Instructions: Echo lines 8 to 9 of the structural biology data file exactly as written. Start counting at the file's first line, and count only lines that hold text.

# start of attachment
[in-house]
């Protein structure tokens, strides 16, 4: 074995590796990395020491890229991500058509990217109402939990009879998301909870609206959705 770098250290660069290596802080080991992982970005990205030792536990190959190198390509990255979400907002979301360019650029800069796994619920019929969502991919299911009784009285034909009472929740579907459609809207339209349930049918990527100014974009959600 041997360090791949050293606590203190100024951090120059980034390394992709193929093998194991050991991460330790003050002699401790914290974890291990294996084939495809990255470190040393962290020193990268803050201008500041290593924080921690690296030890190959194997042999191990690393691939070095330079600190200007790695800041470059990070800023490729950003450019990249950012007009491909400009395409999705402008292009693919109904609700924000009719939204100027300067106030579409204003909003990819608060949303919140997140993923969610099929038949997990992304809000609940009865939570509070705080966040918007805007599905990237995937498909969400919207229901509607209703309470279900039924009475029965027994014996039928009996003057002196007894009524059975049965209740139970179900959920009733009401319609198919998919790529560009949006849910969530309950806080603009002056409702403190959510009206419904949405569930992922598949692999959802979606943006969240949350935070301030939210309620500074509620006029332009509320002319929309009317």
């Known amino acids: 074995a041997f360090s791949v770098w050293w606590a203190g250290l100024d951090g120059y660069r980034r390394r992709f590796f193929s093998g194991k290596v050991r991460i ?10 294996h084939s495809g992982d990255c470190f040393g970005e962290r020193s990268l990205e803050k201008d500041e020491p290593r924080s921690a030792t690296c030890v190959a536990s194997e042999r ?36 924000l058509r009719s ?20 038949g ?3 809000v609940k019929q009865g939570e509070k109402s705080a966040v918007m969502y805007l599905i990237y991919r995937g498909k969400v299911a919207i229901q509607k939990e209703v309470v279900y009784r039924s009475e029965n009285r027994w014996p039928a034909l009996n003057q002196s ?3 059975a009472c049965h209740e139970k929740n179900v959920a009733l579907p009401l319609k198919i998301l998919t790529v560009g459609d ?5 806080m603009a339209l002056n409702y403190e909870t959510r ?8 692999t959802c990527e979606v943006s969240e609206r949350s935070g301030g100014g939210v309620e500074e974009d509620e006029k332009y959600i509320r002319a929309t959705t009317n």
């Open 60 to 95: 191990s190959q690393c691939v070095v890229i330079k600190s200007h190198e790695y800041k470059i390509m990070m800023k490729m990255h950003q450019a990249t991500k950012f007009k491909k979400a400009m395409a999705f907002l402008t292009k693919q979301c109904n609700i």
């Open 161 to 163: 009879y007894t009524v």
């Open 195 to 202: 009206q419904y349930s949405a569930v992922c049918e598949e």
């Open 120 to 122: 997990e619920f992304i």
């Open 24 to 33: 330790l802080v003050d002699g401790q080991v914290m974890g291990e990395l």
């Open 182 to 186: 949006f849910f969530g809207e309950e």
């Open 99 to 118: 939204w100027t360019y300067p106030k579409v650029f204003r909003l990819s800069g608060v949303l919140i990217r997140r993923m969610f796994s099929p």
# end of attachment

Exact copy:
């Open 24 to 33: 330790l802080v003050d002699g401790q080991v914290m974890g291990e990395l």
């Open 182 to 186: 949006f849910f969530g809207e309950e």